Enzo Stephens: Planning Vs. Pantsing, Part Dalawa

Writers Unite!’s Featured Blog Series!

Writers Unite! is fortunate to have among its members, many bloggers, and essayists who write content about the writing process or their author’s journey or both. We will be posting their articles for your information and enjoyment. Please read and comment, visit the author’s website, blog, or Facebook page, Twitter, Instagram and share!

Part “Isa” and Part “Dalawa” are Tagalog for 1 & 2 respectively.

Planning Vs. Pantsing, Part Isa

Planning Vs. Pantsing, Part Dalawa

By Enzo Stephens

When we go on vacation to some warm locale with swaying palm trees and soft, gentle ocean breezes and sand that likes to mysteriously work its way into surprising anatomical crevices, one of the first things I say — usually with a huge sigh, is “Ahhhh, how wonderful it is to not have to wear pants.”

Kind of crazy for a dude to say, but there it is.

The fact is that for a guy (and maybe for the ladies too), pants are binding.  We have to loosen our belts (that hold our pants up) after chowing down that four chili-cheese dogs (topped with fresh onions and cayenne pepper — do it right!), because those damned pants are like a noose around the waist.

So, do you feel me when I breathe that sigh of relief upon arrival at some tropical locale?

As my well-traveled friend would say, “You and your first-world problems.”

So all that said, in the writing community, the inverse of that diatribe is the truth; pantsing is liberating.

“Pantsing” is a term used to describe unplanned writing.  In short, the writer gets an idea or a scene in their mind and then they just… let it fly.

At one time this method used to bug the bejeebers out of me.  Why? Because every time I’d sit down with a fabulous idea and crank it out, it would pretty much just die on the vine.  Ten, fifteen pages of outstanding prose that just peters out.

To me, that was a fail in my quest to write the Great American Novel and supplant Mr. King as the Great American Novelist.  It slew my dream.

It’s a tenuous connection, but then my writing technique was pretty immature back then.  To me, it was all about causality, and if I was going to succeed in my writing career, I needed a different approach.

Ergo the planning method, and I totally embraced that method, and it was a huge success for me.  Again, causality. The more I crafted full-scale novels, the more I embraced planning.

But here’s the thing…

Writing stopped being fun.  It became a job.

And that just took the wind out of my sails, big-time.  I didn’t talk about these fantastic stories at parties anymore; I wasn’t driven by inspiration anymore.  

Over 60 books later and I was feeling pretty burnt out, although the process I’d developed for myself was a significant success, I was — dare I say, bored.  

For a fiction author to get bored?  Well, that just sucks.

Well, then the host of this blog site flashed a picture on Facebook that I saw for the first time last February, along with the words ‘Write The Story,’ and I thought, ‘well, that’s a cool idea.’  Three thousand words? I can do that in my sleep (which was truer than I care to admit).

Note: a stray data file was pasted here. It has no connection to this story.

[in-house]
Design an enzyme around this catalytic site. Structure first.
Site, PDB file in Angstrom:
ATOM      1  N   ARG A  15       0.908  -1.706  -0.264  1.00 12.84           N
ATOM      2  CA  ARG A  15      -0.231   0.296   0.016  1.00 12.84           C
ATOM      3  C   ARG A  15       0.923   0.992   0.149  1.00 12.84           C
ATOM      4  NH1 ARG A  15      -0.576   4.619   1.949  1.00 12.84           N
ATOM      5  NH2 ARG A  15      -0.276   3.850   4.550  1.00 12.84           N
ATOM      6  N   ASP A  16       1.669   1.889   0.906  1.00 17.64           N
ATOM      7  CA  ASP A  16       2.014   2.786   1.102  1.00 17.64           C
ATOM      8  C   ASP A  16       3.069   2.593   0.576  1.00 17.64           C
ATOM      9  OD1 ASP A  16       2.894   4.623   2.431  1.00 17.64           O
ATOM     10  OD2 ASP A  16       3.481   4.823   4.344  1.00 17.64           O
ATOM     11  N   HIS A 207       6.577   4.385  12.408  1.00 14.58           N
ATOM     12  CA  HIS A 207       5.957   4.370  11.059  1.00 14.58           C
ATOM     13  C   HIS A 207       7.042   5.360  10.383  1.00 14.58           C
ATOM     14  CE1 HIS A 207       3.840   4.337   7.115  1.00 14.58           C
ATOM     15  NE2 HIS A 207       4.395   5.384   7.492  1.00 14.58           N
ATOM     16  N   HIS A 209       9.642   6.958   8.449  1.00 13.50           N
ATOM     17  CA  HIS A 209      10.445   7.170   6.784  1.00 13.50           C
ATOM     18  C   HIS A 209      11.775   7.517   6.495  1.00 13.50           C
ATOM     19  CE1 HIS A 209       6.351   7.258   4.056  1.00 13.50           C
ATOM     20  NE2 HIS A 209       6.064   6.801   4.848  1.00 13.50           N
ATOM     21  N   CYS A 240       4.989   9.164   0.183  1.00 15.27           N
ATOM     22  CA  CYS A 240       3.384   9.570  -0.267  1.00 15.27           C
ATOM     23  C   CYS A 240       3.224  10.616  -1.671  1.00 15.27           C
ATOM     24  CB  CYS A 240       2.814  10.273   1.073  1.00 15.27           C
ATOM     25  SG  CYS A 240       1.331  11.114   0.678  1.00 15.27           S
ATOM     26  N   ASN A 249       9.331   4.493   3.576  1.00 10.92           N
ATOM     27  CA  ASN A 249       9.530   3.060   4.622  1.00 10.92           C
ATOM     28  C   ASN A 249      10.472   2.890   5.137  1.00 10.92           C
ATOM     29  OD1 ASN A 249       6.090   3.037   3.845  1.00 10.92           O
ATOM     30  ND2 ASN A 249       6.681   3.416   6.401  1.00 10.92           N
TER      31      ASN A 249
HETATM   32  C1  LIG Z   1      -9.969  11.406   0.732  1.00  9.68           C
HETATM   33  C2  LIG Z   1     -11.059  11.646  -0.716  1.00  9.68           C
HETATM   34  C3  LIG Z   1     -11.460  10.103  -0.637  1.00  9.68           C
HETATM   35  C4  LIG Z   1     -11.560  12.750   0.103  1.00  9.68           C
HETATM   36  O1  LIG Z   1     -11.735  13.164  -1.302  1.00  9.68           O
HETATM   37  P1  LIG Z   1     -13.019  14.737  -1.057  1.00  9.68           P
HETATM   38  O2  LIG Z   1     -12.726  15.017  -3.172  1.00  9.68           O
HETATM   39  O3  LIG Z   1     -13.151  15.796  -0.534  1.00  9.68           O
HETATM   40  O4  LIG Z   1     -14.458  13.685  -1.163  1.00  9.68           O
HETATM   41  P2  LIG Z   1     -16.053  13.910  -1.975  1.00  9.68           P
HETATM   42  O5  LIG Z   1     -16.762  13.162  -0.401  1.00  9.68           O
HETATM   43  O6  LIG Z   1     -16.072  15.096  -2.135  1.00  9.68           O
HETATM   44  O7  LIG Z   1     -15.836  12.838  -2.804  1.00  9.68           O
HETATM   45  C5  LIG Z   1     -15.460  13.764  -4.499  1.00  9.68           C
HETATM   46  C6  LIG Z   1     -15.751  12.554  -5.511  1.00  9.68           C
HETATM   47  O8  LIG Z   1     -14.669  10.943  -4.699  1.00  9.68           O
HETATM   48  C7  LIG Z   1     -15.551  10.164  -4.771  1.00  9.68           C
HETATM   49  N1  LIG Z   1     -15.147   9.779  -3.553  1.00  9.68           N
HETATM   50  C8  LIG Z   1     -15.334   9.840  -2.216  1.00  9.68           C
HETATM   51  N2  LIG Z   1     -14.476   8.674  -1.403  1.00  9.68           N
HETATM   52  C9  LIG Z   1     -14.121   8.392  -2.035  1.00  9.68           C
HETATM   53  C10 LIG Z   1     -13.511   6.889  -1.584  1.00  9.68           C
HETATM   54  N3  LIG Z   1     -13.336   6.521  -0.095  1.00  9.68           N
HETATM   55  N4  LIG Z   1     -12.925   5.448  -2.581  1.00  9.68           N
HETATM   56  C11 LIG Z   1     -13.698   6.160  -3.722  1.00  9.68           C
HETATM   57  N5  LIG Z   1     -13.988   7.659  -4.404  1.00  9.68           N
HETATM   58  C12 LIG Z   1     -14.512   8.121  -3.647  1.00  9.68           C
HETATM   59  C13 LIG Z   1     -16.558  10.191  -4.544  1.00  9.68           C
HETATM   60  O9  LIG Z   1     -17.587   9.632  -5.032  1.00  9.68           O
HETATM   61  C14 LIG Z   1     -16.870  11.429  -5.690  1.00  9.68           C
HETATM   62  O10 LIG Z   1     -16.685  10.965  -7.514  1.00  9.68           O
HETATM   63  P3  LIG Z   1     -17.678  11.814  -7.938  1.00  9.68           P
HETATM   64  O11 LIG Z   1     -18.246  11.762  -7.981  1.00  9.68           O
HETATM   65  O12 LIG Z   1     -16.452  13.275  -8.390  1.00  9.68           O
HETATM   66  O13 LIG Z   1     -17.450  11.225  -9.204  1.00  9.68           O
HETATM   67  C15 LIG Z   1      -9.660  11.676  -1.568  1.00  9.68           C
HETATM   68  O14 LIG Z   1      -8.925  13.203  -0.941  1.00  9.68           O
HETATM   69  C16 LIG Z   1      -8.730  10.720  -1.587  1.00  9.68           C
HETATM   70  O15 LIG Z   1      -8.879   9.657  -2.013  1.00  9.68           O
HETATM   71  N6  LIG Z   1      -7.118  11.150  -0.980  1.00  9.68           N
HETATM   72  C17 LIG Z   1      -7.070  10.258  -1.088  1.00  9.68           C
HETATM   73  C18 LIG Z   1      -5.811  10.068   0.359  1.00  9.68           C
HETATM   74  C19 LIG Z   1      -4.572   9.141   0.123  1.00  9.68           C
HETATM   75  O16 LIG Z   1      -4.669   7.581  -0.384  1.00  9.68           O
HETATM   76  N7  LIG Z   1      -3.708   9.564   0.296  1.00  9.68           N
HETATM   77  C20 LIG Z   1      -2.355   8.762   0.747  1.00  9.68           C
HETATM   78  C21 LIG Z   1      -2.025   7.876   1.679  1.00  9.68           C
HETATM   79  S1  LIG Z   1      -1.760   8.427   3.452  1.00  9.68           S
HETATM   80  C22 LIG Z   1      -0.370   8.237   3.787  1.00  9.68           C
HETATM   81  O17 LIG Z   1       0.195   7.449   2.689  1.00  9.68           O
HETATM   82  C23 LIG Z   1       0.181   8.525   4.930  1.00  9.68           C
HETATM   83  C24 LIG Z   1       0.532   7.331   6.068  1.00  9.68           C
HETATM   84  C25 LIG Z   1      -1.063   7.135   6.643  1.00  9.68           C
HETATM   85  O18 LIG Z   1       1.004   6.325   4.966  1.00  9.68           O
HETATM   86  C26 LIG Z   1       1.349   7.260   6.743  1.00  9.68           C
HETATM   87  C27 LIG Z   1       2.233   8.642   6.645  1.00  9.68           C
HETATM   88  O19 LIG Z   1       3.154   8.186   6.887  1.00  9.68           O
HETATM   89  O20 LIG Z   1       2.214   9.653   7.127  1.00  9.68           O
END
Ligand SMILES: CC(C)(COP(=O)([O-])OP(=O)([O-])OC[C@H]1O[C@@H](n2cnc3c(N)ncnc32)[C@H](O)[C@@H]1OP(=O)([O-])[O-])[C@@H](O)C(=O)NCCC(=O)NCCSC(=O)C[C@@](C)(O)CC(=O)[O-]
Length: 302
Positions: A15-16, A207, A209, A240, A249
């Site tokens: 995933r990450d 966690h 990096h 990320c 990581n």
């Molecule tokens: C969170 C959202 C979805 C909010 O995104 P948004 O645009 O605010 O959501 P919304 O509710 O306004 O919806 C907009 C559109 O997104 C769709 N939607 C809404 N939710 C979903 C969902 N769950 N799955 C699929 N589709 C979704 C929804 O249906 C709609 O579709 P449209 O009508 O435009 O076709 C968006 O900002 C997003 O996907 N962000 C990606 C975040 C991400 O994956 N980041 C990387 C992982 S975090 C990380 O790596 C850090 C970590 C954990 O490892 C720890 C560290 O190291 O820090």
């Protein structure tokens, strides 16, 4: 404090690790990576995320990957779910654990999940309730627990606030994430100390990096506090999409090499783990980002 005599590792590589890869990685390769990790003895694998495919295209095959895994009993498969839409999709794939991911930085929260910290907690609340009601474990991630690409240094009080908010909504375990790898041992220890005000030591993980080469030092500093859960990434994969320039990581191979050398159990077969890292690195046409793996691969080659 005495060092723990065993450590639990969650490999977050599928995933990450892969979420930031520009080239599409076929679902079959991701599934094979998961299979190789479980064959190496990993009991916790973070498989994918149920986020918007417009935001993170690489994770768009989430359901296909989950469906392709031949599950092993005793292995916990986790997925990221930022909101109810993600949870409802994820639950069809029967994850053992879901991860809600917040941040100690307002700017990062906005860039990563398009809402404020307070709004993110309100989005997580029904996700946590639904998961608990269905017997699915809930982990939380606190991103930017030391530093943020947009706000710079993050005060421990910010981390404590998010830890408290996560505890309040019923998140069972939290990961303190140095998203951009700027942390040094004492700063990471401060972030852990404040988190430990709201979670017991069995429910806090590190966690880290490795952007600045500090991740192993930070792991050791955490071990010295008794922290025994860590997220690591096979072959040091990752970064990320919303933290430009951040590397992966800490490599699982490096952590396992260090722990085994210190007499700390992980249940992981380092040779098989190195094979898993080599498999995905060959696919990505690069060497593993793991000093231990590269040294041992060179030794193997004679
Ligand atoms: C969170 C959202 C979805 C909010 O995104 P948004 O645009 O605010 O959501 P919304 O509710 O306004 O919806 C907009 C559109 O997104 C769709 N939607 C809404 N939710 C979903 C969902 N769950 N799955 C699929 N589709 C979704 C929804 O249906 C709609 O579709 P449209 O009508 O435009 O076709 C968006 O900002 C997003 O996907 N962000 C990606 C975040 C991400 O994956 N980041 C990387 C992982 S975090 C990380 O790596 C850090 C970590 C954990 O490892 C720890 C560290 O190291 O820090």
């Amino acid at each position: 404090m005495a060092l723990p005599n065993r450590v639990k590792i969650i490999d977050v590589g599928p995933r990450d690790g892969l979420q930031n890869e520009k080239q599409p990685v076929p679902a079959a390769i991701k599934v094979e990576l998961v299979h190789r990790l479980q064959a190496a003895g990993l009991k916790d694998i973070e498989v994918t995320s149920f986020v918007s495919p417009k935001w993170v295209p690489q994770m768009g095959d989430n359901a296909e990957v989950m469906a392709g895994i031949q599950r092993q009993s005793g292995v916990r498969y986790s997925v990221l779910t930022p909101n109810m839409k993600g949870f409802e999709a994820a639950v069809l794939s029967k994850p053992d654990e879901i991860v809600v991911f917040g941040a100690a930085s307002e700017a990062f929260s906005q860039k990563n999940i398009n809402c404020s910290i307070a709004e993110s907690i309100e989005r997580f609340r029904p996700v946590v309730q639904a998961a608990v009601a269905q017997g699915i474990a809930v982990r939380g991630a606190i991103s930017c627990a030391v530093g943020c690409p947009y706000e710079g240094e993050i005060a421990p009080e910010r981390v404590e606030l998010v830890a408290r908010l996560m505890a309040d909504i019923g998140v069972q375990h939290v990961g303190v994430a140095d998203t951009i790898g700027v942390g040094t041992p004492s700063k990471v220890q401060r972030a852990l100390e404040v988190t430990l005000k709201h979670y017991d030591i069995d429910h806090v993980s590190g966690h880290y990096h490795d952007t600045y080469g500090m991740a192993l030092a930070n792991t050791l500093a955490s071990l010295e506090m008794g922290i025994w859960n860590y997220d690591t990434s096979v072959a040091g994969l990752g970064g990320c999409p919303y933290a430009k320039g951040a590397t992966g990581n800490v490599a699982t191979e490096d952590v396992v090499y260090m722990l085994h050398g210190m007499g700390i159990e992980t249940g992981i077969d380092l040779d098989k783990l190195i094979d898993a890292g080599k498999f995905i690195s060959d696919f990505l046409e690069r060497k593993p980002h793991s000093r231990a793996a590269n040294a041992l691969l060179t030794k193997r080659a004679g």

So what’s the first thing I did?  I pulled out my planning tools.

UGH.

I wrote some ridiculous drivel about the wonders of paint or some such nonsense; read it and promptly threw it in the crapper.  Now, all of a sudden, this little exercise became difficult.

I kvetched about it to my closet confidant, and after she let me blather on for gawd-knows-how-long (and several gin & tonics), she kicked back in her chair and laughed at me.  That kind of got my dander up a bit, but then she ’splained…

“Remember all those times when I’d ask you to tell me a story to help me fall asleep?”

“Yeah, but they put you to sleep, so they must have sucked.”

“No, doofus!  You came up with that stuff on the fly!”

DING

My goodness, that is One.  Wise. Woman.

In other words, I was pantsing, even when I didn’t know the term.  And I dare say that all of us writers do it. It’s inspiration!

That said, I tackled that Write The Story exercise again with gusto and cranked out a strange, rambling dissertation on the possible sinister history of the room in the picture prompt, and I never looked back.

I have re-discovered the JOY in writing, and have since put together some really weird and fun short stories that have helped me to truly express myself; to build a level of depth and humanity in my characters that seemed to have disappeared over the years, and so on and so on.

Pantsing has helped my writing skills evolve to the Next Level (well, in my mind anyway).  I have no idea if I’ll ever supplant Mr. King as the next Great American Novelist, and frankly, I really don’t care.

Because writing is fun again!

Now I am able to combine the best of both and that’s where my path to creation of inspired novels lie, and I’m thrilled to share here that I’ve got a series well underway.  Yes, it’s well planned and meticulous using the tools I described in Part Isa, but the specific scenes, now that’s a different story.

Those scenes are ‘pantsed,’ and by Slocum, they have been an absolute blast to write!

Planning AND Pantsing.  Try them together, and watch your writing take off!

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Next: Ghostwriting.

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Author Bio:

Enzo Stephens has a serious case of professional ADHD.  He’s a professional writer with over 60 novels ghosted and several under his own name.  He’s an active blogger and has fallen in love with knocking out short stories.